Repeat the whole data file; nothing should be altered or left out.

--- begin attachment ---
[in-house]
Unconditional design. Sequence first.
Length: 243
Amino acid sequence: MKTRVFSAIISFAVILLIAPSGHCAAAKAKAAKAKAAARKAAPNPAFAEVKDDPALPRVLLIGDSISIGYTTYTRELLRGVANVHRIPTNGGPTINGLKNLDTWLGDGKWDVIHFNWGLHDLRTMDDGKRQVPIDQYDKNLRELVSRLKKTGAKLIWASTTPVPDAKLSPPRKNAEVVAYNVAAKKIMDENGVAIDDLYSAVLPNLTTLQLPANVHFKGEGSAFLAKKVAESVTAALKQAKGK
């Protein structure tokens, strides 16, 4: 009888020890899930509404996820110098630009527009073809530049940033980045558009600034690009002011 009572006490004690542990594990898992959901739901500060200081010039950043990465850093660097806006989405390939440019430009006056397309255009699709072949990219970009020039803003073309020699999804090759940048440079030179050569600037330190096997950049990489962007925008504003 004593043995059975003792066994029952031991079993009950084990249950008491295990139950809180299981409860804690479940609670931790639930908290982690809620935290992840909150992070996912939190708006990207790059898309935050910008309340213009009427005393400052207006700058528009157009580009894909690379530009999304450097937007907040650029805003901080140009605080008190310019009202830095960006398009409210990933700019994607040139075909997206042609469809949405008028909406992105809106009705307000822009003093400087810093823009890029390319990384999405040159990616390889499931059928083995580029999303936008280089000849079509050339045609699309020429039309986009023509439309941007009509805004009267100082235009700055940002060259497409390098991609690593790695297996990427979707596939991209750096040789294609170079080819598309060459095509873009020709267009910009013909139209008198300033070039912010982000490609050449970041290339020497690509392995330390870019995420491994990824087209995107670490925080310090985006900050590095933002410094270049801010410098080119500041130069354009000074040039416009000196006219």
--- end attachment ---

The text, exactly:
[in-house]
Unconditional design. Sequence first.
Length: 243
Amino acid sequence: MKTRVFSAIISFAVILLIAPSGHCAAAKAKAAKAKAAARKAAPNPAFAEVKDDPALPRVLLIGDSISIGYTTYTRELLRGVANVHRIPTNGGPTINGLKNLDTWLGDGKWDVIHFNWGLHDLRTMDDGKRQVPIDQYDKNLRELVSRLKKTGAKLIWASTTPVPDAKLSPPRKNAEVVAYNVAAKKIMDENGVAIDDLYSAVLPNLTTLQLPANVHFKGEGSAFLAKKVAESVTAALKQAKGK
């Protein structure tokens, strides 16, 4: 009888020890899930509404996820110098630009527009073809530049940033980045558009600034690009002011 009572006490004690542990594990898992959901739901500060200081010039950043990465850093660097806006989405390939440019430009006056397309255009699709072949990219970009020039803003073309020699999804090759940048440079030179050569600037330190096997950049990489962007925008504003 004593043995059975003792066994029952031991079993009950084990249950008491295990139950809180299981409860804690479940609670931790639930908290982690809620935290992840909150992070996912939190708006990207790059898309935050910008309340213009009427005393400052207006700058528009157009580009894909690379530009999304450097937007907040650029805003901080140009605080008190310019009202830095960006398009409210990933700019994607040139075909997206042609469809949405008028909406992105809106009705307000822009003093400087810093823009890029390319990384999405040159990616390889499931059928083995580029999303936008280089000849079509050339045609699309020429039309986009023509439309941007009509805004009267100082235009700055940002060259497409390098991609690593790695297996990427979707596939991209750096040789294609170079080819598309060459095509873009020709267009910009013909139209008198300033070039912010982000490609050449970041290339020497690509392995330390870019995420491994990824087209995107670490925080310090985006900050590095933002410094270049801010410098080119500041130069354009000074040039416009000196006219």